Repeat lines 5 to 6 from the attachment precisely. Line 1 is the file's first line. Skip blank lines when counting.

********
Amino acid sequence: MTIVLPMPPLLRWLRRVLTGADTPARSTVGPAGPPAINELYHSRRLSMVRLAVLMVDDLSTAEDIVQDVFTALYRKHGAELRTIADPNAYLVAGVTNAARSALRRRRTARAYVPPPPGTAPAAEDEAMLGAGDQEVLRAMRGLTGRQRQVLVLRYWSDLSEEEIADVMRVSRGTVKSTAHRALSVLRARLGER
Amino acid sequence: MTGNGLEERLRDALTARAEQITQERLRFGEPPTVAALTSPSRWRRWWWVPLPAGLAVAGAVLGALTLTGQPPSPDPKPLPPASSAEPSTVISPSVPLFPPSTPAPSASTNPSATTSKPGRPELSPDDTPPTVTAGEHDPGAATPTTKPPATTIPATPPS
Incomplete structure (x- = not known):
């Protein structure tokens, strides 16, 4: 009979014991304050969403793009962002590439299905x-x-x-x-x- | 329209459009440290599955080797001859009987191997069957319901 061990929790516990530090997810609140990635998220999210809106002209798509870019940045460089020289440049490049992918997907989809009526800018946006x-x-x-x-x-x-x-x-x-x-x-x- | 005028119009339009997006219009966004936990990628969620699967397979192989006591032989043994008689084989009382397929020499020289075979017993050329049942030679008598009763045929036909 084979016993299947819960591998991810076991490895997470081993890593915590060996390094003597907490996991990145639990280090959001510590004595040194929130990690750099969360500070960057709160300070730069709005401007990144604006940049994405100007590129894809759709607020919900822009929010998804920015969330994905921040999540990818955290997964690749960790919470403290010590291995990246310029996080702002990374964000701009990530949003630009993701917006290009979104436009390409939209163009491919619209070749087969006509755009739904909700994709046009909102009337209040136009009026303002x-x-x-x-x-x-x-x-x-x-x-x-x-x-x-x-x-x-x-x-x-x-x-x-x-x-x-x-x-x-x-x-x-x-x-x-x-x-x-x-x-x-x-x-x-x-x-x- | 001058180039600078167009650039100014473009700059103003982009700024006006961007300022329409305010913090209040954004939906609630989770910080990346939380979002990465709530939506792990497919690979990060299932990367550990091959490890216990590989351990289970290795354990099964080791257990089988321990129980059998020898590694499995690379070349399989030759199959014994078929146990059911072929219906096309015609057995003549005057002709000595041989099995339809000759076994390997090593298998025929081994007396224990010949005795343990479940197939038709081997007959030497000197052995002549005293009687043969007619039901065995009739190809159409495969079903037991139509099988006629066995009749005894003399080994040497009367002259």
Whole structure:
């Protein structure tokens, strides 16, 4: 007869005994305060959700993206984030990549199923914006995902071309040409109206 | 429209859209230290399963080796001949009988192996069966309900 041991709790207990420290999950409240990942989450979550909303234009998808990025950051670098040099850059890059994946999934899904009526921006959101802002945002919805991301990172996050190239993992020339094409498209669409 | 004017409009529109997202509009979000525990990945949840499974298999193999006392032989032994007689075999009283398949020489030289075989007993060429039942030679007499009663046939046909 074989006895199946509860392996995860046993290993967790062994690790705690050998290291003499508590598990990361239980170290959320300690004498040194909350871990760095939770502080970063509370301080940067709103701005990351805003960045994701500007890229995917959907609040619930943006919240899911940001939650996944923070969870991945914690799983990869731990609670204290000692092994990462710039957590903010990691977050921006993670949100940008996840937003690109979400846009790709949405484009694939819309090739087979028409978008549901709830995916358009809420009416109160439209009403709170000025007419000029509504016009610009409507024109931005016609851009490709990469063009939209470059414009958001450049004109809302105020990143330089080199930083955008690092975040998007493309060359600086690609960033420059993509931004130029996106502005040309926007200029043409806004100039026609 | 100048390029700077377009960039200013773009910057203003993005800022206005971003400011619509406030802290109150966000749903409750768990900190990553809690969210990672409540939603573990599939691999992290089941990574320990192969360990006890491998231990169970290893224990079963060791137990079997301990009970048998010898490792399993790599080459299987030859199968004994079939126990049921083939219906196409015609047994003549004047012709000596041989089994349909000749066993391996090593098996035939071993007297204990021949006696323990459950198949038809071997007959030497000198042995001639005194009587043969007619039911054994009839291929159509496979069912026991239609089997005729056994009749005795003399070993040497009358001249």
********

Whole structure:
């Protein structure tokens, strides 16, 4: 007869005994305060959700993206984030990549199923914006995902071309040409109206 | 429209859209230290399963080796001949009988192996069966309900 041991709790207990420290999950409240990942989450979550909303234009998808990025950051670098040099850059890059994946999934899904009526921006959101802002945002919805991301990172996050190239993992020339094409498209669409 | 004017409009529109997202509009979000525990990945949840499974298999193999006392032989032994007689075999009283398949020489030289075989007993060429039942030679007499009663046939046909 074989006895199946509860392996995860046993290993967790062994690790705690050998290291003499508590598990990361239980170290959320300690004498040194909350871990760095939770502080970063509370301080940067709103701005990351805003960045994701500007890229995917959907609040619930943006919240899911940001939650996944923070969870991945914690799983990869731990609670204290000692092994990462710039957590903010990691977050921006993670949100940008996840937003690109979400846009790709949405484009694939819309090739087979028409978008549901709830995916358009809420009416109160439209009403709170000025007419000029509504016009610009409507024109931005016609851009490709990469063009939209470059414009958001450049004109809302105020990143330089080199930083955008690092975040998007493309060359600086690609960033420059993509931004130029996106502005040309926007200029043409806004100039026609 | 100048390029700077377009960039200013773009910057203003993005800022206005971003400011619509406030802290109150966000749903409750768990900190990553809690969210990672409540939603573990599939691999992290089941990574320990192969360990006890491998231990169970290893224990079963060791137990079997301990009970048998010898490792399993790599080459299987030859199968004994079939126990049921083939219906196409015609047994003549004047012709000596041989089994349909000749066993391996090593098996035939071993007297204990021949006696323990459950198949038809071997007959030497000198042995001639005194009587043969007619039911054994009839291929159509496979069912026991239609089997005729056994009749005795003399070993040497009358001249």